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Clean Drinking Water? Have Your Well Tested to be Sure

Release Date: 05/05/2008
Contact Information: David Deegan, (617) 918-1017

By Robert W. Varney

Editor's note: a high resolution of Robert Varney is available at: http://www.epa.gov/region1/about/images/bobvarney-hr.jpg

During National Drinking Water Week, EPA reminds private well owners that having safe drinking water means having regular water checkups. More than 20 percent of New England’s population depends on private wells for the drinking water supplies. In Maine, Vermont and New Hampshire, more than 40 percent of residents rely on private wells for their drinking water. If you depend on a well for your water supply, consider having it tested as part of spring cleaning this year.

Since drinking water obtained from private wells is not regulated under federal law, private wells are often not regularly sampled for contaminants, unless individual well owners choose to do so. Even testing conducted during the sale of a home may not include all contaminants of concern for private wells.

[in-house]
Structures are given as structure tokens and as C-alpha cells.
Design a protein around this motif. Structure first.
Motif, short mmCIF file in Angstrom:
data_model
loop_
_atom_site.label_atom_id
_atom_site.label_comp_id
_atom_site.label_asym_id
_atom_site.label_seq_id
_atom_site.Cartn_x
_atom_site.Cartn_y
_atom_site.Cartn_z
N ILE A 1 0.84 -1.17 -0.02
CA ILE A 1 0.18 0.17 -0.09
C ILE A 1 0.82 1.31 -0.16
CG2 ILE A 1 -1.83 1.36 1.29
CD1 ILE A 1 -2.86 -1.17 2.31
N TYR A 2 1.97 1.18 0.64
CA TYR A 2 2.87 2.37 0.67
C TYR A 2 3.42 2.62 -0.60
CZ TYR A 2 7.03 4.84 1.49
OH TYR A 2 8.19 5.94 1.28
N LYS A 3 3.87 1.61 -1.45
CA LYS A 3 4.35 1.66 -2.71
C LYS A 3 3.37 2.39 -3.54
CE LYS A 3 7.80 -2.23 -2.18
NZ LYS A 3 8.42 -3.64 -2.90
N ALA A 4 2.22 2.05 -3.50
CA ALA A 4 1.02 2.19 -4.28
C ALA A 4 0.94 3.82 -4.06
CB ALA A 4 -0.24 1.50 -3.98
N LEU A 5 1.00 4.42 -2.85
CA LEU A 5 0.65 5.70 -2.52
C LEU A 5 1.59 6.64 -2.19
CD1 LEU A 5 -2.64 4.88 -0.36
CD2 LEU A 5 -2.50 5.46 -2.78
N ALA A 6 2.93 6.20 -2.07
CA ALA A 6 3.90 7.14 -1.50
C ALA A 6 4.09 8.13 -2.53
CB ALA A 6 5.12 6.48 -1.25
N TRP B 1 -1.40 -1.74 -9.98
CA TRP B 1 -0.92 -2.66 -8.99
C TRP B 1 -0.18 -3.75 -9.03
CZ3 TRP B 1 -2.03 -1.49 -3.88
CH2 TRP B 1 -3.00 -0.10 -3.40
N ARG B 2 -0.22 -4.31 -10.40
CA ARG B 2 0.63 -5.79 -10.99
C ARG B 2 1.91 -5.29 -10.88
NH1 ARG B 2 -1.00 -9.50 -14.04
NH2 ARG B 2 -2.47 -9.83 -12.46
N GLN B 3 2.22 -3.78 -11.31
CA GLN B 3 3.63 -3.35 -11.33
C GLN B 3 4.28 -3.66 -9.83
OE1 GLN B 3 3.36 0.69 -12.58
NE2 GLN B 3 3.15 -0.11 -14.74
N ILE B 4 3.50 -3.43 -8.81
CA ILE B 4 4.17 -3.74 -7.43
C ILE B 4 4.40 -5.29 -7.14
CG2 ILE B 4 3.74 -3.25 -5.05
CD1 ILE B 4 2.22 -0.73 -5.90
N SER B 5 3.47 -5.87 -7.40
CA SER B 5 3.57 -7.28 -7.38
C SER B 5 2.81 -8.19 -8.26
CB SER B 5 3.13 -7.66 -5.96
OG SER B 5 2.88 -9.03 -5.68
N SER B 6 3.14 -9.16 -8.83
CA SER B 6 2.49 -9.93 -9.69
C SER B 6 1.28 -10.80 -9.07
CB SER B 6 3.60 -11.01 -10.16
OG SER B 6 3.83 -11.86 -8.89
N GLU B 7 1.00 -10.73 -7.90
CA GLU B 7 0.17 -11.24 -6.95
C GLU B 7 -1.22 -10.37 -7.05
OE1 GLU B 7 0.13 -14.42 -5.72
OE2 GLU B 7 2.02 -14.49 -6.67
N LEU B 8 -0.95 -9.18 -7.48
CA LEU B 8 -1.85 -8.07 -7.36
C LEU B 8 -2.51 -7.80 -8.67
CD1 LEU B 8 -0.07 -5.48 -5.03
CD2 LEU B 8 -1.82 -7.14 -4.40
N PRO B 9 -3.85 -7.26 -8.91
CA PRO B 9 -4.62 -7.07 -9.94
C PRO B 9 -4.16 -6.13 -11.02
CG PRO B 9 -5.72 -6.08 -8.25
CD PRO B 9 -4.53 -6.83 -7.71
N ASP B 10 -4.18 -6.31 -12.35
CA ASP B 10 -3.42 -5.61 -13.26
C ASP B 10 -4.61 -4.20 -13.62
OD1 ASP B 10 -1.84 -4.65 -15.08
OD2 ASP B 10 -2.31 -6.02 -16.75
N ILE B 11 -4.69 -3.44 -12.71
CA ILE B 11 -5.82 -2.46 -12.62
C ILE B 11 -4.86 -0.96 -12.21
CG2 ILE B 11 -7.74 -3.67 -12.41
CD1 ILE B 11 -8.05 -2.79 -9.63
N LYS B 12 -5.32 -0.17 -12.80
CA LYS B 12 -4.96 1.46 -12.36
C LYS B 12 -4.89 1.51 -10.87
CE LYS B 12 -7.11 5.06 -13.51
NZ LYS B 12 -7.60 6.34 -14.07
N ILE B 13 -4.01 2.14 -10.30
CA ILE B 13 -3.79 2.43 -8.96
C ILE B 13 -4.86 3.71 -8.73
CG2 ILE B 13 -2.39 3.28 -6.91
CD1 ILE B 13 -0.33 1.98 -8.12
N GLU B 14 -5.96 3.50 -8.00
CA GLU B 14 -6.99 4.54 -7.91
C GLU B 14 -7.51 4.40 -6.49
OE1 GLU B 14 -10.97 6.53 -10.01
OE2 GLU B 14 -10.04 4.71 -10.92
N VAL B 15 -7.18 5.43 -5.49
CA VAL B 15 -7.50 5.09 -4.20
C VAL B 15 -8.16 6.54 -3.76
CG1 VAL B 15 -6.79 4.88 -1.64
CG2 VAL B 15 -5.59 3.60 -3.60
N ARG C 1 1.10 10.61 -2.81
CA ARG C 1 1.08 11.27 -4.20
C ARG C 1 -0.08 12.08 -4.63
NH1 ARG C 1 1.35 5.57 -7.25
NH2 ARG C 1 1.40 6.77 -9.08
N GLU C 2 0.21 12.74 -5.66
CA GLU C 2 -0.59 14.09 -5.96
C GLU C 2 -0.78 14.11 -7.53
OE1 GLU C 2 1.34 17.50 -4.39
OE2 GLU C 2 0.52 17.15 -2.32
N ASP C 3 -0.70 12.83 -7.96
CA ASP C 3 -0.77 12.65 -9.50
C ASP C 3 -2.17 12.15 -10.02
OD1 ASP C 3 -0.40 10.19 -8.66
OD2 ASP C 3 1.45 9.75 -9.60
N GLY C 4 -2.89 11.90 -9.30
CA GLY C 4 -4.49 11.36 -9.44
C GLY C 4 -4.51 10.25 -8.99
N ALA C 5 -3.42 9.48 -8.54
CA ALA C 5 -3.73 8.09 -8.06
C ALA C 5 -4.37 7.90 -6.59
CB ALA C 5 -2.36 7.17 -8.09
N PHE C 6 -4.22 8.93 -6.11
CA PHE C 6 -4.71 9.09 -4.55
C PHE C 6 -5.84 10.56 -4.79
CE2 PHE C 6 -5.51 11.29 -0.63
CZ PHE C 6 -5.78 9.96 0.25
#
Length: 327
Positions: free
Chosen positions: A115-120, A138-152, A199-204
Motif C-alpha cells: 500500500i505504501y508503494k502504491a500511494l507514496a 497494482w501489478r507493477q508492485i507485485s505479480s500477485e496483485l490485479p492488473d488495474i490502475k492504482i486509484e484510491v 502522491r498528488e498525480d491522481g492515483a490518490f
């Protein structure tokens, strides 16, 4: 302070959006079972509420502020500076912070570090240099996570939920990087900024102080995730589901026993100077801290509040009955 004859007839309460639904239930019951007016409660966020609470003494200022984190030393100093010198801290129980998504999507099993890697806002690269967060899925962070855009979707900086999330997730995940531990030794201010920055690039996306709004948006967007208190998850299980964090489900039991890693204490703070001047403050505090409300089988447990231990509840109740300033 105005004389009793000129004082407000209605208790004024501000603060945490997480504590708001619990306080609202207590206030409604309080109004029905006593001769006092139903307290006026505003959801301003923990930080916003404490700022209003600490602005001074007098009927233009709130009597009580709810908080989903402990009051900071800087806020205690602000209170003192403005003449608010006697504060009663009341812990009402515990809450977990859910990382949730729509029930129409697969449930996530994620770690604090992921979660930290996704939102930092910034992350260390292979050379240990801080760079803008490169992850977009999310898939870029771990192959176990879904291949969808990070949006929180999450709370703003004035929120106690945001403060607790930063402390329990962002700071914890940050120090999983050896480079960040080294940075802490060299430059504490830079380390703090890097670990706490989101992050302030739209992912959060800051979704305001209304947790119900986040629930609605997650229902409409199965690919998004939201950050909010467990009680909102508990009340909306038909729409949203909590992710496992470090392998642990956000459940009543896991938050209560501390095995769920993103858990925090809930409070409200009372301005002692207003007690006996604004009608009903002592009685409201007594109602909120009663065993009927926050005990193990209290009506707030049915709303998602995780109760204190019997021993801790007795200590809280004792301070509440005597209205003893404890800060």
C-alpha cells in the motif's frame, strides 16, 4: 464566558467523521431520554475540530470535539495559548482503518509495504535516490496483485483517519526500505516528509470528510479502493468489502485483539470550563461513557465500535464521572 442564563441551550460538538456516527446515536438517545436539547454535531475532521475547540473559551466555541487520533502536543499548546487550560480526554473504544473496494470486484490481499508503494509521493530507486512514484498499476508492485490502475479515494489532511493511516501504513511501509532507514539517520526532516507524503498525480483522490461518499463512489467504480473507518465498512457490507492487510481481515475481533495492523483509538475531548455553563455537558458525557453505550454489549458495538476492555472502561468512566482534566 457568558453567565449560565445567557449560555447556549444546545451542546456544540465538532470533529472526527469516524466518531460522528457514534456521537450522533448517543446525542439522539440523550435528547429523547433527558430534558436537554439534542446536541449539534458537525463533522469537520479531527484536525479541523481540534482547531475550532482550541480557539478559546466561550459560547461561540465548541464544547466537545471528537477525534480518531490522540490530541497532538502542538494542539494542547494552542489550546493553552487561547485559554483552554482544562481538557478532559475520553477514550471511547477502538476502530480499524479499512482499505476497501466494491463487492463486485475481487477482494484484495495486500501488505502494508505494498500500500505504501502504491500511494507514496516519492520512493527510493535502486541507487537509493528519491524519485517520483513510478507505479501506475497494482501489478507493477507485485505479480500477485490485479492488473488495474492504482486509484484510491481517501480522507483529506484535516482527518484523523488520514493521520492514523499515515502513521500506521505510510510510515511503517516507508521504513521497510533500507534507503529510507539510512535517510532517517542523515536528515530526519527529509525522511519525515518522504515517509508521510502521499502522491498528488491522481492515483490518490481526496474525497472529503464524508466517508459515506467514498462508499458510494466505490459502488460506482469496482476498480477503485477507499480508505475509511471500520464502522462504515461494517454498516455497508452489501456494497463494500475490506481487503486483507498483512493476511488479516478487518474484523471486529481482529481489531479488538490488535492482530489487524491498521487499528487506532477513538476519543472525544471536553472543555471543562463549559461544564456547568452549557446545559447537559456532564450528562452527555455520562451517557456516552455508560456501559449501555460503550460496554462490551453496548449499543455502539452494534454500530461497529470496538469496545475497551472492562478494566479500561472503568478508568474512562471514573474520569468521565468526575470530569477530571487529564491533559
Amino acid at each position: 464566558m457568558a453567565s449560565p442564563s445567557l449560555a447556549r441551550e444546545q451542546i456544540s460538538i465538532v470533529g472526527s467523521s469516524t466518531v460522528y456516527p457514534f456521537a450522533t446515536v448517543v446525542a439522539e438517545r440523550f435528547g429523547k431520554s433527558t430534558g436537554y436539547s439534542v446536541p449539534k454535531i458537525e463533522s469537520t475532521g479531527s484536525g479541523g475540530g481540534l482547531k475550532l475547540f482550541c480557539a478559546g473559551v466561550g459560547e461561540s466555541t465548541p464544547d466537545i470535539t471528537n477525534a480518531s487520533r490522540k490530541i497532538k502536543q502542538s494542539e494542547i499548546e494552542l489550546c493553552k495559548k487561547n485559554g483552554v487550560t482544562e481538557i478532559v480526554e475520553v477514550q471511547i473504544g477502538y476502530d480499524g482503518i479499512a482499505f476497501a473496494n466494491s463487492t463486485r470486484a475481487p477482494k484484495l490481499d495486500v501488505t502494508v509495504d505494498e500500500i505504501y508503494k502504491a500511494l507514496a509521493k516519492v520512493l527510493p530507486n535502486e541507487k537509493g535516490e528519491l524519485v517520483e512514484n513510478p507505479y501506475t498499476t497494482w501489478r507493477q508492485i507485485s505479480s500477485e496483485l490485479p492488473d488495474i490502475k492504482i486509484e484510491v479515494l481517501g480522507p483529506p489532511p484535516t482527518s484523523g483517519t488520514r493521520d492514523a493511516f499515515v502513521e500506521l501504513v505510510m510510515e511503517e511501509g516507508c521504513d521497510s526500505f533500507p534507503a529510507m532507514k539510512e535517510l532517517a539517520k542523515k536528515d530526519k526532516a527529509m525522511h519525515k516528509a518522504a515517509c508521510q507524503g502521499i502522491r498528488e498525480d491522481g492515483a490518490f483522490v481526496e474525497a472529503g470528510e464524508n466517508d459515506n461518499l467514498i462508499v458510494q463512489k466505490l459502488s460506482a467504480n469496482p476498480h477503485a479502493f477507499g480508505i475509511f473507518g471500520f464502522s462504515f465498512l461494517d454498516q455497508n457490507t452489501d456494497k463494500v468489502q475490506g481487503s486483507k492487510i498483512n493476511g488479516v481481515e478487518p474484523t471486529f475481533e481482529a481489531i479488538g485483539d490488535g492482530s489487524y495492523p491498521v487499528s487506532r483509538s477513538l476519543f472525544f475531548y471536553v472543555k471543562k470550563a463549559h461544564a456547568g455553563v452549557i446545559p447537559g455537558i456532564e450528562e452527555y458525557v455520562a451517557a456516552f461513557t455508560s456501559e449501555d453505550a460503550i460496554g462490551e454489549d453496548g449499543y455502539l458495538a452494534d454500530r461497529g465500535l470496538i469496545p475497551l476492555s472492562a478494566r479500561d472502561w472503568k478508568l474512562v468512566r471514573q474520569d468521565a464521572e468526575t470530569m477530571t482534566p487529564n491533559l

Private wells may contain bacteria, nitrates, radon, arsenic or other pollutants. Long-term exposure to high levels of contaminants, like arsenic and radon, may increase cancer and other health risks. High nitrate levels can have serious health impacts on young infants. If tests show that levels of these contaminants exceed guidelines, homeowners should consider treating their well water.

While testing is critical to check for contamination, homeowners, businesses and local governments can prevent well water from becoming contaminated in the first place. Businesses and homeowners should take extra care when they dispose of pesticides, cleaning fluids, fertilizers, paints, motor oils and gasoline. Homeowners using septic systems should also avoid dumping chemicals into toilets or down the drain, and pump out their systems on a regular basis to keep them running properly.

EPA New England, the State University Cooperative Extension Programs and the State Drinking Water Programs are working to educate the public about potential threats to their drinking water and provide them answers on available treatment for their water through the New England Private Well Initiative. The initiative has produced a number of brochures and fact sheets for each New England state on water quality testing and treatment for private wells.

If you need to get better informed, EPA has a lot of good information on the Web:

- EPA New England Private Well Initiative (http://www.epa.gov/region1/eco/drinkwater/private_well_owners.html)
- Safe Drinking Water Hotline 1-800-426-4791 (http://www.epa.gov/safewater/hotline/index.html)